In his role as the school resource officer (SRO) for the Tustin Unified School District, Officer Sinclair Alfonso is responsible for the safety of students, teachers, and administrators at 16 elementary, two K-8, four middle, and four high schools.
Alfonso’s mission is to maintain safety on campuses and prevent delinquency. Counseling, education and enforcement are all part of the job.
“I have kids myself and wanted to help the community and I thought being a school resource officer would be a good impact on the kids,” said Alfonso, who’s been an SRO for two years and on the job with the Tustin Police Department for seven years.
But while enforcing the law is part of the job, Alfonso said his first goal is usually to connect a struggling or troubled student with the right resources to get back in the right direction.
“A lot of times, putting a kid in juvenile hall is not the right answer,” said Alfonso, “You want to get them resources that help them build themselves up, have confidence in themselves. Usually, they’ve lost confidence.”
Due to the coronavirus pandemic, the 2020-21 school year has been anything but typical for SROs.
Alfonso still makes the rounds among the district’s campuses, but on a given day, a large segment of the student population is learning virtually from home, so monitoring their behavior isn’t always easy.
For students in lower grades, making sure there is adult supervision has been one of Alfonso’s responsibilities.
“Just because they are at home doing online learning, doesn’t mean they should be home by themselves if they are not able to take care of themselves,” Alfonso said. “A lot of kids are at home now. But lately, a lot of kids are coming back, which is a good thing.”
When a student hasn’t been in school or online, there could be a problem which often requires a home visit from the SRO.
“If they don’t want to listen to me, they will usually listen to him,” said Hillview High School Principal Tim O’Donoghue. “These (SROs) are there to help kids. They are not there to bust them on campus. They will if they have to, but that is not the reason they are there. They are there to support kids. We get it, and we appreciate it.”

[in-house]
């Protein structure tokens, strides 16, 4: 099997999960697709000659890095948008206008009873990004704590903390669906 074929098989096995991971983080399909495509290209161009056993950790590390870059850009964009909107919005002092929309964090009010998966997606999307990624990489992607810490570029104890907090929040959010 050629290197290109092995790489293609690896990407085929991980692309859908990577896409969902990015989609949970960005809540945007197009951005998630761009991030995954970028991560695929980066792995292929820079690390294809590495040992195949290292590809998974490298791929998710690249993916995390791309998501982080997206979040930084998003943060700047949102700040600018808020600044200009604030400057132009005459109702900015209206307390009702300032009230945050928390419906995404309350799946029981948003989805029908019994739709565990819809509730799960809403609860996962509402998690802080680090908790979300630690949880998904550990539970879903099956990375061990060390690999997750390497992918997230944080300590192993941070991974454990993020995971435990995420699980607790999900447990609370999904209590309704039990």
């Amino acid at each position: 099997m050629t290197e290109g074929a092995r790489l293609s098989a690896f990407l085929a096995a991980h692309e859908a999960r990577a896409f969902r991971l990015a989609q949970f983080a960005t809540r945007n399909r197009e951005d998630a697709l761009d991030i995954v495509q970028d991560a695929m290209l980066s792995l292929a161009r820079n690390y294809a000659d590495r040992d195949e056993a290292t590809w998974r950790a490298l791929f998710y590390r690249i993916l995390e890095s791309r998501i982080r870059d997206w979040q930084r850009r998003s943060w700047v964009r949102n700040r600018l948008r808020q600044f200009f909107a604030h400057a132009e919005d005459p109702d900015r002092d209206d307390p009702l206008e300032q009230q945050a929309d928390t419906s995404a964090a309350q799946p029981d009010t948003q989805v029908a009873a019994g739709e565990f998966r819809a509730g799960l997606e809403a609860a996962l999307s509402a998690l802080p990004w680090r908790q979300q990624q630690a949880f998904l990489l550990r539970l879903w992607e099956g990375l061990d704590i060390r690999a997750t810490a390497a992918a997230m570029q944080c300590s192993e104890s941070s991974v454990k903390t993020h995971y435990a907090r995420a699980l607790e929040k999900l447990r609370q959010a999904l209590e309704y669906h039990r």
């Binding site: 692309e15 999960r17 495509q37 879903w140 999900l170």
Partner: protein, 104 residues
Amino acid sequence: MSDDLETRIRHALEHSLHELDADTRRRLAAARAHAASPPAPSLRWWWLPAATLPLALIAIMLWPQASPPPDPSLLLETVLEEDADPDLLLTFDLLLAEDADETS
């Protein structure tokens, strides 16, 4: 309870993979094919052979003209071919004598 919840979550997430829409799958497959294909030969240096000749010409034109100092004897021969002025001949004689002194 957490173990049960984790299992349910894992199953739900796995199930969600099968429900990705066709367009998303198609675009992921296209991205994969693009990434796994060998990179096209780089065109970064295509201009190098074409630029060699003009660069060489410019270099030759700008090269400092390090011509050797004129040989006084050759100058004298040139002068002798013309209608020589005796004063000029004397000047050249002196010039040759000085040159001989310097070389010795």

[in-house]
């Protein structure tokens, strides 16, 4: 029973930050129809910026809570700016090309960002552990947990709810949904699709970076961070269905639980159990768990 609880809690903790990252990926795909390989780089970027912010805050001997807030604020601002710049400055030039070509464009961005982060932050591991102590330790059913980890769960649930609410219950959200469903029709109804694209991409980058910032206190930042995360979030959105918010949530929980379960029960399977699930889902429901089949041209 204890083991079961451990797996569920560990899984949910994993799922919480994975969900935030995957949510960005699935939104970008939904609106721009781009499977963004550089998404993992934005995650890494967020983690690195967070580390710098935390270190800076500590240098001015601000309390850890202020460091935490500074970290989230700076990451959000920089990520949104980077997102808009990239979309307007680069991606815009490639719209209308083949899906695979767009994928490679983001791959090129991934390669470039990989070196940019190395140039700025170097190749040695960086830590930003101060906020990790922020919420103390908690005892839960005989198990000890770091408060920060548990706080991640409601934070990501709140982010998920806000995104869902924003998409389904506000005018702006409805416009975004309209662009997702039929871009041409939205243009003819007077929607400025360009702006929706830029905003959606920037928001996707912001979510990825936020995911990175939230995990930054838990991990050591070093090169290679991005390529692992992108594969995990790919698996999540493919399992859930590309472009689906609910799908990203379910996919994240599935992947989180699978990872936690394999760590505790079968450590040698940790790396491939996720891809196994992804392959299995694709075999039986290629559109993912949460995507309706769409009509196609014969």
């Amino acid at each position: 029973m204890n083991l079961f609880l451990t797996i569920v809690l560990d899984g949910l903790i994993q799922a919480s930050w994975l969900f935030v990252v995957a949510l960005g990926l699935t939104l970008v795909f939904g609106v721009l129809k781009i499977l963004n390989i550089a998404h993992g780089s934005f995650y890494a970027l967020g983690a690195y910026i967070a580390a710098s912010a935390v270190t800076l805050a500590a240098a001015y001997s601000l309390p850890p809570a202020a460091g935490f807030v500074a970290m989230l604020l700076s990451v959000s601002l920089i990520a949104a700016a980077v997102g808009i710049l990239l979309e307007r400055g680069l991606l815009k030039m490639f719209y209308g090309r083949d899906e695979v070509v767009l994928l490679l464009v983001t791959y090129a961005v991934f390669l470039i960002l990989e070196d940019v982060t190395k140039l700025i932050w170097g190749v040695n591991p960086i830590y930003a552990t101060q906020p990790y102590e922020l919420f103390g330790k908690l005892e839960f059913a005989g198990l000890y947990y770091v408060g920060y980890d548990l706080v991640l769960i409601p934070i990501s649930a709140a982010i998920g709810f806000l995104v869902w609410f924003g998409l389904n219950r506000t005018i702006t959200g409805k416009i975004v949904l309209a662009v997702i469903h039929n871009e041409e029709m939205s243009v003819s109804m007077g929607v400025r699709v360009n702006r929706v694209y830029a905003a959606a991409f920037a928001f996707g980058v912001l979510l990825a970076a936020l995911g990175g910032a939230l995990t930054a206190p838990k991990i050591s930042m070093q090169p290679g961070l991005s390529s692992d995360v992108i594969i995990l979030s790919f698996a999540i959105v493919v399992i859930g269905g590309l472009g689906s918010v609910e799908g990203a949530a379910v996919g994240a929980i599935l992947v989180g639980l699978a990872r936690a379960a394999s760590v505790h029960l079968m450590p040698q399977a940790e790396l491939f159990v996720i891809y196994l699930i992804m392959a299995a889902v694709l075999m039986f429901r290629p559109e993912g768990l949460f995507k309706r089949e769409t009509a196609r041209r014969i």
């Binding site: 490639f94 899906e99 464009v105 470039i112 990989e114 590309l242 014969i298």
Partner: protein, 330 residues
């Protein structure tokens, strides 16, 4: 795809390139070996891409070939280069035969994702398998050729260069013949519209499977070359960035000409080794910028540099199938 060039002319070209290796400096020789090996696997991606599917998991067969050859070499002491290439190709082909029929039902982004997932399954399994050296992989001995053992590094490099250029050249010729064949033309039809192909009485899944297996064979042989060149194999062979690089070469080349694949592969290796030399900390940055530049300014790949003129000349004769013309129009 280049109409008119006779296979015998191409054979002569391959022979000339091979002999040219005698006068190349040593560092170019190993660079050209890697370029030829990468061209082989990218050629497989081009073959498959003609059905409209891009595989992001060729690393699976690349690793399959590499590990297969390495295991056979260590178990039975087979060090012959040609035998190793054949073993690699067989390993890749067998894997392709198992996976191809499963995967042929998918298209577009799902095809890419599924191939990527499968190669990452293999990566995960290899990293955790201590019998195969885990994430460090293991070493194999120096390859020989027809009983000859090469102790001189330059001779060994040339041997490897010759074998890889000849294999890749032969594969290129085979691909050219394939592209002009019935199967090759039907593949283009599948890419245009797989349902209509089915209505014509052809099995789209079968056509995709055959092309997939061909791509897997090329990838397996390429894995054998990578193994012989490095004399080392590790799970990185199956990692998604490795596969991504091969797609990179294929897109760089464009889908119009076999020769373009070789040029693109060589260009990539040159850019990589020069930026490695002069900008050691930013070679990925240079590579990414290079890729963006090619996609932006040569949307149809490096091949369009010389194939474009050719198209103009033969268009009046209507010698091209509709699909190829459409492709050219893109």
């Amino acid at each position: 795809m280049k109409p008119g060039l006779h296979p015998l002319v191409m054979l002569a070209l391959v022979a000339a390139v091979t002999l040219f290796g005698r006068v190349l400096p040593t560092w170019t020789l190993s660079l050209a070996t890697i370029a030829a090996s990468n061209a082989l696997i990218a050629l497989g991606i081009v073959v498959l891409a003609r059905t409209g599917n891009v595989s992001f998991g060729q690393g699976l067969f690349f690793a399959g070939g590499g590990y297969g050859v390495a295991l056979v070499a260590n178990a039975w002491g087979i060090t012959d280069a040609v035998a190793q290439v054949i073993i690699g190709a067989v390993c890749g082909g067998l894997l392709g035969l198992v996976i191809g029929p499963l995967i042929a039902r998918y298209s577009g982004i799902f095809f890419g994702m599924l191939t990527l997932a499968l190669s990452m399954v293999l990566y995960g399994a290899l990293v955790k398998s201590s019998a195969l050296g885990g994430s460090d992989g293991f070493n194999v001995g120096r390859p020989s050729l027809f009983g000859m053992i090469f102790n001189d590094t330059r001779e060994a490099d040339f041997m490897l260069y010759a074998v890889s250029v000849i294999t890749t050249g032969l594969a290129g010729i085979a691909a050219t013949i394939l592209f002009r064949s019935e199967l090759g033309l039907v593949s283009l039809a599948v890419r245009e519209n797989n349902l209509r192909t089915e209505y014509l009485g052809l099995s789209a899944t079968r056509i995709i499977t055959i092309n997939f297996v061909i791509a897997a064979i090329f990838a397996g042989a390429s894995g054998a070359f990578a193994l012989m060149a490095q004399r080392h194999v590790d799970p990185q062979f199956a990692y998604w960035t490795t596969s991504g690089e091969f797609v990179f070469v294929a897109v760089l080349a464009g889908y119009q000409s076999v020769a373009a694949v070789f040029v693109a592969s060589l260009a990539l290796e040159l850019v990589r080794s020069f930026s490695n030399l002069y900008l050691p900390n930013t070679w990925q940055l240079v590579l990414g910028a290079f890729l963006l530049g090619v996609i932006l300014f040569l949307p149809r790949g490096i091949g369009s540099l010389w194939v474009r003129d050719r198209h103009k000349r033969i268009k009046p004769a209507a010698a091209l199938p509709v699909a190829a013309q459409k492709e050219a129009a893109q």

Alfonso starts his day at 6 a.m. and works 10-hour shifts. He has an office at Tustin High School, though he handles calls and makes the rounds among the district campuses.
“When they need me, I’m here for them,” he said.
Alfonso works closely with Tustin High School Assistant Principal Michelle Everitt, who handles issues related to discipline and attendance.
“With his experience, I know that he has seen the whole gamut of cases,” Everitt said. “It’s great to have someone who is so knowledgeable to support us here at Tustin High School.”
There are circumstances in which the SRO’s involvement is necessary, Everitt said, but even when a situation doesn’t involve the law, Alfonso often offers support.
“It’s definitely a two-pronged approach,” Everitt said. “We go through the details of the situation. He does a great job explaining where law enforcement comes into the situation. He’ll reach out to families and reach out to kids in support of what we’re doing on the school side. It’s really nice to have that support and just to supply the kids with all the information so they can make better choices in the future.”